I arrived at Torres del Rio on my own as Stefan held back to care for Trevor. Just after Torres I heard an odd sound ahead and soon was nearly overwhelmed by a vast flock of sheep and, amid them, a small sprinkling of goats. A solitary shepherd kept the sheep together and they all seemed content as they moved from one pasture, across the camino trail, to another one somewhere nearby.

I stayed briefly to write in my journal at a lookout high above the town of Viana, then picked my way downhill, found the municipal albergue with its 3-high bunks, and looked for a place for dinner. I dined with a man from the Canary Islands whom I’d met a few days before. Then I headed back to the albergue for a night’s sleep in the top level of the triple-level bunks.

May 25, 2008 Cirauqui to Villamayor de Monjardin

I was beginning to learn that blisters are worst just after you begin walking on them. After a half hour or so, they move from being excruciatingly painful to only painful. I knew I’d need to get new boots, but more importantly, to get off my feet in order to get them healed. As I left Cirauqui I stepped gingerly on my tender, blistered feet.

I hadn’t seen Stefan or Trevor for a full day now, and I wasn’t quite sure where they’d spent the night last night. The American girls were long gone, so I left Cirauqui feeling a little lonely. I thought, too, that if I walked quickly enough I might be able to catch up to Trevor and Stefan. I also decided to email the American girls to see where there were, with the slim chance that perhaps we’d meet along the way.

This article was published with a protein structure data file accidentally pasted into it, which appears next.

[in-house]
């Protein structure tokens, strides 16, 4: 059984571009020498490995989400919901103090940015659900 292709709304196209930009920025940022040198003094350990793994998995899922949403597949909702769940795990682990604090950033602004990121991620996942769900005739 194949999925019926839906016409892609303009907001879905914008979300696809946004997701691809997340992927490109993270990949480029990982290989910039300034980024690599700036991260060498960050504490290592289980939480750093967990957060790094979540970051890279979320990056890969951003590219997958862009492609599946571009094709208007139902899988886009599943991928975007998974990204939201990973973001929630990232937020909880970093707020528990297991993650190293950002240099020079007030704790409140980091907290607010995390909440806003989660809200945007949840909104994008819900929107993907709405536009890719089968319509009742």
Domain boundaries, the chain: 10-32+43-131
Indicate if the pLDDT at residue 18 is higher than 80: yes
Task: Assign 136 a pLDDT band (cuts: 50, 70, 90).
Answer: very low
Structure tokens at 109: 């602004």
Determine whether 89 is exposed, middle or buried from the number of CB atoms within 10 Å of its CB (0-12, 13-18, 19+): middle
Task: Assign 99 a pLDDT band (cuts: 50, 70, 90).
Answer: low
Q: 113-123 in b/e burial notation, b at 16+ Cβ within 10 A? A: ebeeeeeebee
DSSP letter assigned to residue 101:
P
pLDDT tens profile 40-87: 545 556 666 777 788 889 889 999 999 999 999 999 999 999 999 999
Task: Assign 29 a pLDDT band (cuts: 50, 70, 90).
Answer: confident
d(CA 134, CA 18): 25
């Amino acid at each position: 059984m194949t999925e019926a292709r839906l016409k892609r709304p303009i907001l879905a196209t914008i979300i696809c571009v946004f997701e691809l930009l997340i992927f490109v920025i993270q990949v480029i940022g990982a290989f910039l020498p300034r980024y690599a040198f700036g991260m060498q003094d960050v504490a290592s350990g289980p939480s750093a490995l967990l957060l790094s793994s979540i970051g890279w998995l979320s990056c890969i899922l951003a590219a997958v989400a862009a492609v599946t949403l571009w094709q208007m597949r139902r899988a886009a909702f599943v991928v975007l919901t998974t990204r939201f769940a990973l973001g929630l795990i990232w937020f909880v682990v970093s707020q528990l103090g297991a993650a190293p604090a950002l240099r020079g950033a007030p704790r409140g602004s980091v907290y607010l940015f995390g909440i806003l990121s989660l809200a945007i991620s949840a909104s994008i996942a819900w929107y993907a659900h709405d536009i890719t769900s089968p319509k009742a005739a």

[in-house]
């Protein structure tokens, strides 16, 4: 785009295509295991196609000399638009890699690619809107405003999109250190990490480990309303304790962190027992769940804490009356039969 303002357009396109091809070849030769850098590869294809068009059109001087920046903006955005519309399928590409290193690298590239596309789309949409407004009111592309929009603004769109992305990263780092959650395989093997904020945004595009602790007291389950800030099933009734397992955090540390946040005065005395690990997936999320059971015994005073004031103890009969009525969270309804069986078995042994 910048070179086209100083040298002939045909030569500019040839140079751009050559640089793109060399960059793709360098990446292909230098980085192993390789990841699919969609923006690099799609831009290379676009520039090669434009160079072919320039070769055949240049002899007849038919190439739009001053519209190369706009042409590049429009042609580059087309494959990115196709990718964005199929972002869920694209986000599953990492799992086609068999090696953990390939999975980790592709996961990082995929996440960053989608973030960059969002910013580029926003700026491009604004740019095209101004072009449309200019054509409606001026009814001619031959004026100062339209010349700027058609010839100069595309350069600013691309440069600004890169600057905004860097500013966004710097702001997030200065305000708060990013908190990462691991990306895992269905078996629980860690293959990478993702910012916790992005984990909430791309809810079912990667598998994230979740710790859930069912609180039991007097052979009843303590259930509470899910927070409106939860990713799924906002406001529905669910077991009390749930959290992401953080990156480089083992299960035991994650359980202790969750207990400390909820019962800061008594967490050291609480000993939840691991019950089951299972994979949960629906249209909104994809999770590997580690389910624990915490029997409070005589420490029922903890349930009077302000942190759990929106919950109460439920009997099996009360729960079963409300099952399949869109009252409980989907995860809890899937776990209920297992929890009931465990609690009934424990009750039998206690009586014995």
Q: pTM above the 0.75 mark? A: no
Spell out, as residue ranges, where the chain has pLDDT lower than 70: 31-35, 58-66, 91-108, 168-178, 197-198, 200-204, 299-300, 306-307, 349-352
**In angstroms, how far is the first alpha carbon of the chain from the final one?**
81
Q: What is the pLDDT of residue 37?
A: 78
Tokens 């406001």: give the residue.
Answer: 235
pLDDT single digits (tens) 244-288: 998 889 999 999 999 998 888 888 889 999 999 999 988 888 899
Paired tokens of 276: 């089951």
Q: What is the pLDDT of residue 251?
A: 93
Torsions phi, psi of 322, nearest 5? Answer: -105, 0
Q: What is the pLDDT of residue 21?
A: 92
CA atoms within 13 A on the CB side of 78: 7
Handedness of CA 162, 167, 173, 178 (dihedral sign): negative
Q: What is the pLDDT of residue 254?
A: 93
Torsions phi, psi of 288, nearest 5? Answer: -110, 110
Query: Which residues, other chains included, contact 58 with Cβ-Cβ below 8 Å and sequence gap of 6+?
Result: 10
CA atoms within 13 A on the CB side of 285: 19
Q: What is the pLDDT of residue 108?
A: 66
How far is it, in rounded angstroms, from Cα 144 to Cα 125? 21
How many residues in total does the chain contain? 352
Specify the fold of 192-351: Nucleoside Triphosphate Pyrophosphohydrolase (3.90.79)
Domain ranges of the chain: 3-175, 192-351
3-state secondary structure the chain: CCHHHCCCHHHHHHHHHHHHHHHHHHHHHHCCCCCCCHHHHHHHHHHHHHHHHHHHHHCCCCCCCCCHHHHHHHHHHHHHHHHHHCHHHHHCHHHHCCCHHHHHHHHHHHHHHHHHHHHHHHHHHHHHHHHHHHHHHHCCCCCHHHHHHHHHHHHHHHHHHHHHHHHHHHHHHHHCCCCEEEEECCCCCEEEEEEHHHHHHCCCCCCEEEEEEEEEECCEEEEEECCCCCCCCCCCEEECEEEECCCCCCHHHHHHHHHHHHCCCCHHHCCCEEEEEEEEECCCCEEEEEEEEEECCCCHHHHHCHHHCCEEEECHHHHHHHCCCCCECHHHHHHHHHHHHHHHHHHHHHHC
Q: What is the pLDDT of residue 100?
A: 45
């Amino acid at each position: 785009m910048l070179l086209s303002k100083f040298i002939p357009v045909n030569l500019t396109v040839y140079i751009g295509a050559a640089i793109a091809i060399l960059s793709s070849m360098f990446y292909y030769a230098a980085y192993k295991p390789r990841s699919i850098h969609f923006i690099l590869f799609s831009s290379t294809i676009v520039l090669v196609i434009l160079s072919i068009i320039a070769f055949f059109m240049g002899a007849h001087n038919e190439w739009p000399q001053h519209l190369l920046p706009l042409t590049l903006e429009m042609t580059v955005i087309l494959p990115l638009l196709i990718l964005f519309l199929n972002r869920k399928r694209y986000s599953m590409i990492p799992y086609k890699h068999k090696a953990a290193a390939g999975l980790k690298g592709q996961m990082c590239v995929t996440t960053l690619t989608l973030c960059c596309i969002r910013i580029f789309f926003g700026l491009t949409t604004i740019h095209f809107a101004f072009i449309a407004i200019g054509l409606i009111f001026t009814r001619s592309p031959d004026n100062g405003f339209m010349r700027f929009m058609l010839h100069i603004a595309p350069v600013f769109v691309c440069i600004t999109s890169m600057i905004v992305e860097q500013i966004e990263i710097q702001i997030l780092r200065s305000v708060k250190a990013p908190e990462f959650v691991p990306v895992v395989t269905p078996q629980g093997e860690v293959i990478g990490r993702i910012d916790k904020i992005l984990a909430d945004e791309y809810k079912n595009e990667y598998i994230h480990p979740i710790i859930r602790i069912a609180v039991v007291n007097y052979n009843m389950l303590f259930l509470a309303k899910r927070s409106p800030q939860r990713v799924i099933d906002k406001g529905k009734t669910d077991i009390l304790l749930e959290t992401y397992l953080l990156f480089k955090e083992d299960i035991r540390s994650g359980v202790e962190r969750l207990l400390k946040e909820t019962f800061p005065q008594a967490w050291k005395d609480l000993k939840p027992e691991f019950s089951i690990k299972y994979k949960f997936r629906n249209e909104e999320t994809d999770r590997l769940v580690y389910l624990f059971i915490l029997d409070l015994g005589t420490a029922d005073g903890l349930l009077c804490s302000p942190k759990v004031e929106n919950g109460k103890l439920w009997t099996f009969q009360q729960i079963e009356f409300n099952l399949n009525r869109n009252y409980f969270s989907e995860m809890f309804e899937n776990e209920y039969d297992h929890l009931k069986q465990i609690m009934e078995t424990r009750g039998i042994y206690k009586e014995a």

The miles after Cirauqui began to fade together, with the first goal being to find the town of Estella. It’s a reasonably large town, and by the time I arrived at its outskirts my main need was to get water and a restroom. I found both at a convenience store across a busy street from the camino. Since the trail doesn’t go through the heart of the city, I wouldn’t learn until my next camino that Estella is a very charming town with a lovely plaza and a nice retail center full of interesting shops. My goal was simply to get as far as I could that day, and I set my sights after Estella on the town of Villamayor de Monjardin.

Outside Estella I stopped at the famous Irache Monastery/Winery with its wine fountain, free to pilgrims. As a late starter once again I found that other pilgrims were ahead of me and I was by myself at this popular pilgrim stop. Unfortunately that meant there was no one from whom to borrow a cup, so I skipped the wine.

After Estella the path went through a stand of forest and I must have missed the yellow arrows to Villamayor because I found myself on an optional track to a destination some 6 km out of the way. Villamayor is surrounded by vineyards, so it is easy to see — a conical mountain with a castle at the top and a village at the base. I realized, though, that it was a mile or two across the vineyards from the route I was taking, so I cut across country and then across the highway to get to the town.

Exhausted as I climbed up toward the albergue I heard the welcome accents of South Africans and saw Trevor and Stefan sitting at a cafe just outside the private albergue. After a long day of solitude I was happy to see my friends. They helped me into the albergue, found me an empty bunk, and then we sat together for dinner at this albergue run by a Dutch evangelical group.

The group invited us to a chapel service after dinner and about half of the pilgrims there that night joined them in the dining room for a time of singing and devotions. I was impressed by the earnestness of the hospitalera who shared her testimony and I enjoyed singing songs as a young man led with his guitar. Best of all was knowing my two buds were here and feeling the joy of camaraderie and fellowship in this place so far from home.

May 24, 2008 Cizur Menor to Cirauqui

My blisters were quite obnoxious yesterday and it was clear to me now that my best solution would be to purchase hiking boots at the next available town. Stepping onto my feet was an act of will, with each step coming with excruciating pain.